“It’s the difference between saying ‘I’m doing this because…’ or ‘I’m doing this so…'”
I heard the words coming out of my mouth but hadn’t really even processed them yet. Miranda and I were driving during the Christmas holidays and talking about chores for our kids. Let me explain:
“I’m doing thisbecause I love my family.” Internal Motivation – I want my kids to be motivated to express their love of our family by doing some chores.
“I’m doing thisso I can get paid.” External Reward – The other option is to give an external motivation like paying them.
So where are we? I know what I’d like for my children, but what works? I’m sure that the external reward would work if my only goal was to get the job done. But I want my kids to learn some responsibilities and know what it means to be a part of a family – to learn how to contribute to the family – to learn how to serve others and be motivated by their love rather than just some selfish motivation like a reward.
How do we make that work? I know that my example is the best way to teach a lesson, but where and how do I set expectations for them that will really convey this message and teach them what I really want them to know?
Ideas? Please post ’em in the comments section. I need all the help I can get.
Carrots and Sticks may motivate a horse to run, but Dan Pink argues that for humans, they just aren’t good motivators. In the video posted below, he shares some amazing research about motivation. I thought I’d share a bit of it here for all you guys who are leaders ’cause we’ve gotta learn everything we can about motivating people – especially church people who work with volunteers.
Incentives/rewards as motivators? Here’s a quote:
As long as the task involved only mechanical skill, bonuses worked as they would be expected: the higher the pay, the better the performance, but once the task called for ‘”even rudimentary cognitive skill,” a larger reward “led to poorer performance.”
Many studies have shown this to be true across cultural boundaries throughout the world. Here’s an example of one of them:
“The Candle Problem.” Here’s the scenario:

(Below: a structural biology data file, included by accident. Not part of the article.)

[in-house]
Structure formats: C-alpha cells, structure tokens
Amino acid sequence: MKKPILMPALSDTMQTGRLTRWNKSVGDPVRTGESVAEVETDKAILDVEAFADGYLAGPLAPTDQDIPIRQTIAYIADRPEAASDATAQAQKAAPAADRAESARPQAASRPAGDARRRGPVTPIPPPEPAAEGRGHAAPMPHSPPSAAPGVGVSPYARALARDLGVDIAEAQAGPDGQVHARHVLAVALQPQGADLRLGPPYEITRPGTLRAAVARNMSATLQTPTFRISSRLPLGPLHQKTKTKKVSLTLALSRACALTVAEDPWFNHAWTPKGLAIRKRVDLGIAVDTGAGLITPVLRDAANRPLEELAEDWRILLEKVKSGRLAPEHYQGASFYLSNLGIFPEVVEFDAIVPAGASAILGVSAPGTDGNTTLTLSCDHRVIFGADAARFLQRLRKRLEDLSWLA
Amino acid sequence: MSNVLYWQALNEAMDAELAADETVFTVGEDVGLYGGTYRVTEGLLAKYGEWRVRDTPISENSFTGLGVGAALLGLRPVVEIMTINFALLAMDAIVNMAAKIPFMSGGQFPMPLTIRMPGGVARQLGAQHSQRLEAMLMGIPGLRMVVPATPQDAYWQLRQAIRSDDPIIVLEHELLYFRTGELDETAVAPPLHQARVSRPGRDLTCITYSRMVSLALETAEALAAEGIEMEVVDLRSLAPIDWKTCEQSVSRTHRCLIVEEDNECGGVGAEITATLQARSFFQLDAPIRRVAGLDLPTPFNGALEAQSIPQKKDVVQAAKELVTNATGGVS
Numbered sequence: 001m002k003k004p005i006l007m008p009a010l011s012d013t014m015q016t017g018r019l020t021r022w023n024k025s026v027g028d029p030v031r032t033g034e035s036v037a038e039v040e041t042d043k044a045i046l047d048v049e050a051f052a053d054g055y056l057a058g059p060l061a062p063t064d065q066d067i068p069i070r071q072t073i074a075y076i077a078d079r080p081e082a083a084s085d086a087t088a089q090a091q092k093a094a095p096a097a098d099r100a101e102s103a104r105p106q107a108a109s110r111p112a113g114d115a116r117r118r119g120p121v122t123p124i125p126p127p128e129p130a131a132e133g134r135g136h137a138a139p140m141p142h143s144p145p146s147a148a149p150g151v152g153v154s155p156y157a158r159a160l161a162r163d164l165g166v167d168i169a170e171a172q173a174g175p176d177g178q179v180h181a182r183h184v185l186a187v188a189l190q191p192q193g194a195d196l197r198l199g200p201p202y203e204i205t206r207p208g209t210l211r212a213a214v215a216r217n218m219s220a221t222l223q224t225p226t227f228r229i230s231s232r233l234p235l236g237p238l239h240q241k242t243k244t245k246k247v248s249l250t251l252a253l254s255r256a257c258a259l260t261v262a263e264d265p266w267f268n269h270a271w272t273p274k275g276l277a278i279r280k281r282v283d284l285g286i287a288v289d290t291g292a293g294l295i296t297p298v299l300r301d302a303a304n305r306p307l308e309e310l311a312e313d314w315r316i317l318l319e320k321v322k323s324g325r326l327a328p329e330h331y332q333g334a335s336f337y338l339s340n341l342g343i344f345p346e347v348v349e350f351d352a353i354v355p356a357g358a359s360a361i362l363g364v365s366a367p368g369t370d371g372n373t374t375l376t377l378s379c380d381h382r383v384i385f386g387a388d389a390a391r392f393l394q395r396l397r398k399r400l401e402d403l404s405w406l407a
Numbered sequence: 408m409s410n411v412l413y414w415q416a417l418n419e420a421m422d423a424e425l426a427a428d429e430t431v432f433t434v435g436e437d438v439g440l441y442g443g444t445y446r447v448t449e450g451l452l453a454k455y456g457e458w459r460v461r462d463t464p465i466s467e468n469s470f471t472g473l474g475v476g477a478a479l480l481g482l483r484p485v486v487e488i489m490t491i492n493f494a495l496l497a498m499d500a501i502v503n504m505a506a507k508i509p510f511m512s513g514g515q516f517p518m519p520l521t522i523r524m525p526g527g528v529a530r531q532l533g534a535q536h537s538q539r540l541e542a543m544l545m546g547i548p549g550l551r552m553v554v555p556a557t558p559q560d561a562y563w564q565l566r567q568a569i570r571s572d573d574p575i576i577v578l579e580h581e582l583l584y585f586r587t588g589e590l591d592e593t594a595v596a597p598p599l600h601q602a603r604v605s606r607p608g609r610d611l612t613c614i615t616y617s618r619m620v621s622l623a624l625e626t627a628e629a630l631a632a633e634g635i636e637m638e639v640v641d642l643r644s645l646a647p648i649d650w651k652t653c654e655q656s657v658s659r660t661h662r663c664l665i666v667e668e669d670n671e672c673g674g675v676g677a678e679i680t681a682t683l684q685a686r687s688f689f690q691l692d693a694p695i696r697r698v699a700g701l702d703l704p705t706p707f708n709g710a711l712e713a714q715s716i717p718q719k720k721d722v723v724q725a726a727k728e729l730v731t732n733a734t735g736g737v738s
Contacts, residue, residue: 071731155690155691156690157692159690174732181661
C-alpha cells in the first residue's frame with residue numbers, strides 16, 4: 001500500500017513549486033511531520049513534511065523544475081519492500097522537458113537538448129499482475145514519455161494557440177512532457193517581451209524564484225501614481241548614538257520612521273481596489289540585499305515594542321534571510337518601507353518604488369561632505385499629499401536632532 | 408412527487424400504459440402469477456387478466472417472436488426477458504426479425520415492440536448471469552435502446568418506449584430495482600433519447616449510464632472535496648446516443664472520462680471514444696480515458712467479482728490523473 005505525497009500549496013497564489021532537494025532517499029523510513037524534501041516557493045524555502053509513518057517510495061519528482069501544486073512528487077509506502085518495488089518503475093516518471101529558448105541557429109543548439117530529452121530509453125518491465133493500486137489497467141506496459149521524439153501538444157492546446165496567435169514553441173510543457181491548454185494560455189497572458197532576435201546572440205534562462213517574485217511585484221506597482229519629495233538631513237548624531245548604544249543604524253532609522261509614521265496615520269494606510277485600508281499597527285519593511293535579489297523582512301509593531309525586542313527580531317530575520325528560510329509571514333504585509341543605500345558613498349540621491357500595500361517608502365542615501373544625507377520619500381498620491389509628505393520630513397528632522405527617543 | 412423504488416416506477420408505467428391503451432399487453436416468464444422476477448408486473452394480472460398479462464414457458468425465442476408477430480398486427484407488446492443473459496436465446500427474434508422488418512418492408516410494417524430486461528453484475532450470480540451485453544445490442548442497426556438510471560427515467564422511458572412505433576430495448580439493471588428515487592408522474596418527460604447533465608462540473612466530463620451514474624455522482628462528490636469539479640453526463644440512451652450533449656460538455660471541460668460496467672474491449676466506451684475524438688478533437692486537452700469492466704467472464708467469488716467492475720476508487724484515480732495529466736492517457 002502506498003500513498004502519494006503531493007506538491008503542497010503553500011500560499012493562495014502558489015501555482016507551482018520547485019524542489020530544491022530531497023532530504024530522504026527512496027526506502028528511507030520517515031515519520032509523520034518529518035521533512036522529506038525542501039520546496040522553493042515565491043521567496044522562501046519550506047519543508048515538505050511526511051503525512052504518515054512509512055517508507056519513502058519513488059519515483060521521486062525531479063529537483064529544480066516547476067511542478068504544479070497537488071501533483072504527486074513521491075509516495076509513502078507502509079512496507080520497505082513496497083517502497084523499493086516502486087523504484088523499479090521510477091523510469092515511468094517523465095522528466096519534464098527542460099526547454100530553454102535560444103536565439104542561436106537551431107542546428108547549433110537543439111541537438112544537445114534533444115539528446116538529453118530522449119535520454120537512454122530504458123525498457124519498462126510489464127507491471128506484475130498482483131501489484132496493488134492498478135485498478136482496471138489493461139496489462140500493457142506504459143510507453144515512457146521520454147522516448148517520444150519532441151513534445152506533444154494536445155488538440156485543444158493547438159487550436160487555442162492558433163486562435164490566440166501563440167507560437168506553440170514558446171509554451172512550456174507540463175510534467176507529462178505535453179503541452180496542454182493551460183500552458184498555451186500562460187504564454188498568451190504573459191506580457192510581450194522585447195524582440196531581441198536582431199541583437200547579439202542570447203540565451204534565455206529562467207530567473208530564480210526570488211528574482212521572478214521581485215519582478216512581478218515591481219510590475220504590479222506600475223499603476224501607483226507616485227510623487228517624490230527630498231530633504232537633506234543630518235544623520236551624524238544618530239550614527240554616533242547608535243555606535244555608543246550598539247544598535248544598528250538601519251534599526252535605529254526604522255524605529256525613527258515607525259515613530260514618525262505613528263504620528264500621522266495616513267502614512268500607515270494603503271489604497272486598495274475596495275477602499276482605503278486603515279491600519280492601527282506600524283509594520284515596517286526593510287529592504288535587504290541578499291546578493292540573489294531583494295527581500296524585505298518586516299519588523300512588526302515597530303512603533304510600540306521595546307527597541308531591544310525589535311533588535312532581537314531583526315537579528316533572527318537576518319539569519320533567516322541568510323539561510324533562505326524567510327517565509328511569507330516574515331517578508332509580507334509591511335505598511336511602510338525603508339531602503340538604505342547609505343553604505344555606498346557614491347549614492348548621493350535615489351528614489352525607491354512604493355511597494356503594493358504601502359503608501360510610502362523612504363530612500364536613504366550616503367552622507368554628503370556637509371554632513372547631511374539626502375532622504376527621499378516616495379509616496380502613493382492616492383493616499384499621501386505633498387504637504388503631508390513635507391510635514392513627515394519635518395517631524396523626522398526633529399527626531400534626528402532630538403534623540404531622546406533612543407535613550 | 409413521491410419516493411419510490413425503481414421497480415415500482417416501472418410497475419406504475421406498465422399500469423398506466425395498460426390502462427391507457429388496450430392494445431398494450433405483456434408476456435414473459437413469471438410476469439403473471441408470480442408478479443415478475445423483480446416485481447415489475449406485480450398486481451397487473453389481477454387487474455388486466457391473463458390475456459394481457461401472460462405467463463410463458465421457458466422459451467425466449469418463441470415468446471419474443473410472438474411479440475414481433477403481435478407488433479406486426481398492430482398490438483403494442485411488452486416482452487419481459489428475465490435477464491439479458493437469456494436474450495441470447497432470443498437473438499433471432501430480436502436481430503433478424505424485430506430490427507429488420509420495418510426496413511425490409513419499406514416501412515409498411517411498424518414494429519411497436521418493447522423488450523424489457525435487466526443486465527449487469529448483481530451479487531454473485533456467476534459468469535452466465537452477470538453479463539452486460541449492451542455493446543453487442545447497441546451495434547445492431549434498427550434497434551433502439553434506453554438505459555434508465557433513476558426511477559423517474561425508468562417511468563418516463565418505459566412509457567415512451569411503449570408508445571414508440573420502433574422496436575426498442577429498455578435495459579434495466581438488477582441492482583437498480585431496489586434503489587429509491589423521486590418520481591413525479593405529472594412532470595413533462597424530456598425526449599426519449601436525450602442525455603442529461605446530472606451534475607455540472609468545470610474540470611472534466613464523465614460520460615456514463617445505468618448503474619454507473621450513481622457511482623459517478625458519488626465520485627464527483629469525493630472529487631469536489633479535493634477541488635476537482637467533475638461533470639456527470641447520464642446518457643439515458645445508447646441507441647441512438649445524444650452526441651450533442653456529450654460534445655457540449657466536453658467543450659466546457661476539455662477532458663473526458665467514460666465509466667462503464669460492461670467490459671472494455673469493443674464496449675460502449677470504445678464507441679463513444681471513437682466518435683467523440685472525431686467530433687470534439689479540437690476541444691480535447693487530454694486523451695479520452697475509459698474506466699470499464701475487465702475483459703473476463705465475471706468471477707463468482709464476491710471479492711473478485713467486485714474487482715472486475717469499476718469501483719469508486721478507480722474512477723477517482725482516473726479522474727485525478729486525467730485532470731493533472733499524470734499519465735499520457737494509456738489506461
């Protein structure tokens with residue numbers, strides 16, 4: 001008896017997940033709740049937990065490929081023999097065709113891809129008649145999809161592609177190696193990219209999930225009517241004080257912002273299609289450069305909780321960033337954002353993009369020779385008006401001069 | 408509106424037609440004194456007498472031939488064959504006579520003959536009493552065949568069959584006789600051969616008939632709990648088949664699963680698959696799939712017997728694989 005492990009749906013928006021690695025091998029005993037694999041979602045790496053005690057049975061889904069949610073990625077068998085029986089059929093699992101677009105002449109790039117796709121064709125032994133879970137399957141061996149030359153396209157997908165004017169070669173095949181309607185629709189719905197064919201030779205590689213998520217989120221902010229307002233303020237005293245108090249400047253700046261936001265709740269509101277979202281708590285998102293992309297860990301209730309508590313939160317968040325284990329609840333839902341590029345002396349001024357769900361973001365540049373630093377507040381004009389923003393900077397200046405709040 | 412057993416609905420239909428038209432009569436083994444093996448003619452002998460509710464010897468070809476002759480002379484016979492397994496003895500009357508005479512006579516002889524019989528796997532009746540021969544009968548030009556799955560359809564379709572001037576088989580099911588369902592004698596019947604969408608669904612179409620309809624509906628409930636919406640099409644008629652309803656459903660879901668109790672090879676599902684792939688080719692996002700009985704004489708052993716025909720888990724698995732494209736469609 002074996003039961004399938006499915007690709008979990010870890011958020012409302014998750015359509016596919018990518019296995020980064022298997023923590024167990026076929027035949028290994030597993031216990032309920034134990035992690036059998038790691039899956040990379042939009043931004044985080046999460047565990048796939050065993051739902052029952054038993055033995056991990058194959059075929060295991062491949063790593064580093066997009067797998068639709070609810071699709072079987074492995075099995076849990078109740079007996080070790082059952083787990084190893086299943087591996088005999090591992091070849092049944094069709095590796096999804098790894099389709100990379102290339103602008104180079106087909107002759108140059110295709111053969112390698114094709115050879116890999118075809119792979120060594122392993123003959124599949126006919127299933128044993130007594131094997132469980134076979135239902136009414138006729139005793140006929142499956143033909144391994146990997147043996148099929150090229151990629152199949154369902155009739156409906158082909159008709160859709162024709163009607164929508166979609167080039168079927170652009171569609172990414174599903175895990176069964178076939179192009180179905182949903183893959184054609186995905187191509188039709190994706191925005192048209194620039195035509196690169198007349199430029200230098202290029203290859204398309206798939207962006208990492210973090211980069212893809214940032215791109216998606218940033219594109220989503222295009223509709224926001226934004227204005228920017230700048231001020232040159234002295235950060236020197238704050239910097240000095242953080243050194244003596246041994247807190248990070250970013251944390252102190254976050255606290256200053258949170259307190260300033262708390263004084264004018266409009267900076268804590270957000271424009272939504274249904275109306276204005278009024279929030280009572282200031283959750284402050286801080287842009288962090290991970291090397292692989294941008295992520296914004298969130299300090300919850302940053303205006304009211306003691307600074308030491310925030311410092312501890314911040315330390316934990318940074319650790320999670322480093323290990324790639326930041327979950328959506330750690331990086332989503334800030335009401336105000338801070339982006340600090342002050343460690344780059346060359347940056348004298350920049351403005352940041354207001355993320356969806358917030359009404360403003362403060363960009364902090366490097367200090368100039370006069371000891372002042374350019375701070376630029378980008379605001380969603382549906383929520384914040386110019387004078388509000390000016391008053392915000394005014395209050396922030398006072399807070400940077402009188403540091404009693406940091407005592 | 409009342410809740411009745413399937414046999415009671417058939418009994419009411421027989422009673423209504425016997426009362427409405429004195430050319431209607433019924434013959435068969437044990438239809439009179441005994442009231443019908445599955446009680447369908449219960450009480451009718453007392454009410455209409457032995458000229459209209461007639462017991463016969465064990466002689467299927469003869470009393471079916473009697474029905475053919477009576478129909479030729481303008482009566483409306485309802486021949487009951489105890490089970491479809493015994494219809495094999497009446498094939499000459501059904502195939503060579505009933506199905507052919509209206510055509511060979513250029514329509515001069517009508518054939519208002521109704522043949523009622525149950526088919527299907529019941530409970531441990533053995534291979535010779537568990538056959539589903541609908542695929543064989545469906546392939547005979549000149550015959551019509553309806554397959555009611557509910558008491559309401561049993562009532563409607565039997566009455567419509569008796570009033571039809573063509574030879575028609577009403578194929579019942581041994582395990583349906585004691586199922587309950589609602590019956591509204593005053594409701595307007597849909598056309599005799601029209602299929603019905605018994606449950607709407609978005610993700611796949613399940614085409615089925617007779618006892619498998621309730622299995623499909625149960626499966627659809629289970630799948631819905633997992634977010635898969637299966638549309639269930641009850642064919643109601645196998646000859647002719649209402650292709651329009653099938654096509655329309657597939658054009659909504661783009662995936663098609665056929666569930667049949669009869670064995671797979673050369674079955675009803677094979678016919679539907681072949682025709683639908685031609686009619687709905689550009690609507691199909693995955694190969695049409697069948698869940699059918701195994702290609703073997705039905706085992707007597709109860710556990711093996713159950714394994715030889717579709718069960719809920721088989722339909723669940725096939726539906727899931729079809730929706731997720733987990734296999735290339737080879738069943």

The behavioral scientist brings you into a room and gives you a candle, some matches, and some thumb tacks. He explains that your job is to attach the candle to the wall so the wax doesn’t drip onto the table.
Many people begin by trying to thumbtack the candle to the wall or melting the side of the candle to stick it to the wall. Neither will work. After about 5 minutes, most people figure out the solution.
A scientist named Sam Glucksberg (Princeton) did a series of experiments using the candle problem. He told one group of participants that he was just timing them to establish “norms.” To another he offered a carrot, a reward for the top 25 participants with the best times.
Results? The group that was offered the reward averaged 3 and a half minutes longer. Incentives/Rewards actually stifle creativity. This study has also been replicated over and over for nearly 40 years.
Next, Glucksberg did the same experiment, but presented it in a slightly different way.
This time the group who had been offered rewards kicked the tails of the others. Why?? It’s “no brainer” work. ‘Cause, with the thumb tacks out of the box, there was no “creativity” (well, little) involved. Incentives work very well for non-cognitive tasks, but for tasks requiring creativity. . .well, it’s a bad motivator and actually hinders performance.
Here’s the bottom line:
There’s a mismatch between what science knows and what business (leadership) does.
1. Incentives/rewards only work in a narrow band of circumstances. (No brainer work)
2. “If then” rewards often destroy creativity.
3. The secret to high performance (motivation) isn’t carrots and sticks (rewards & punishments) but that unseen intrinsic drive – the drive to do things ’cause they matter.
OK – Here are my thoughts: As a church worker, this all makes sense. I can’t really offer our volunteers anything anyway. We may bake them cookies or something to show our appreciation, but we’re not exactly giving huge salaries or bonuses to them. Over the years, I’ve seen a few people volunteer out of wrong motivations – trying to watch their child, or get close to another volunteer, or maybe they just want to feel good about themselves. Whatever the case, those people don’t ever last very long. The people who are the greatest assets to our programs and ministries are those who are intrinsically motivated – those people who really believe in what we’re doing and want to make a difference in the lives of others. Those kinds of volunteers are consistent. They will work into wee hours of the morning trying to get things “just right.” They aren’t “high-maintenance” volunteers. They come to me with new ideas and like to tell me what they’re going to do rather than asking me about all the details of how to get it all done. These are the kinds of people I love to work with. They understand our goals and create new ways of reaching them.
Another thought: What does our carrot and stick system do to our children? We like use this system all the time with them ($$ for grades, ice cream when the team wins, etc) but if these kinds of motivators stifle creativity. . .hmm. . .what hasn’t being created that might exist right now otherwise?
The modern church needs leaders – people who can create a new vision and lead others into a preferred future. Ministry is a creative calling made by the Almighty Creator of heaven and earth. If rewards and incentives break down creativity, we’ve gotta stop trying to motivate our people with them. We need all the creativity we can get. The Good News is that God’s creative Holy Spirit resides with us and within us. He’s just looking for a chance to come out of us.
If you’re interested you can check out the video that inspired these thoughts.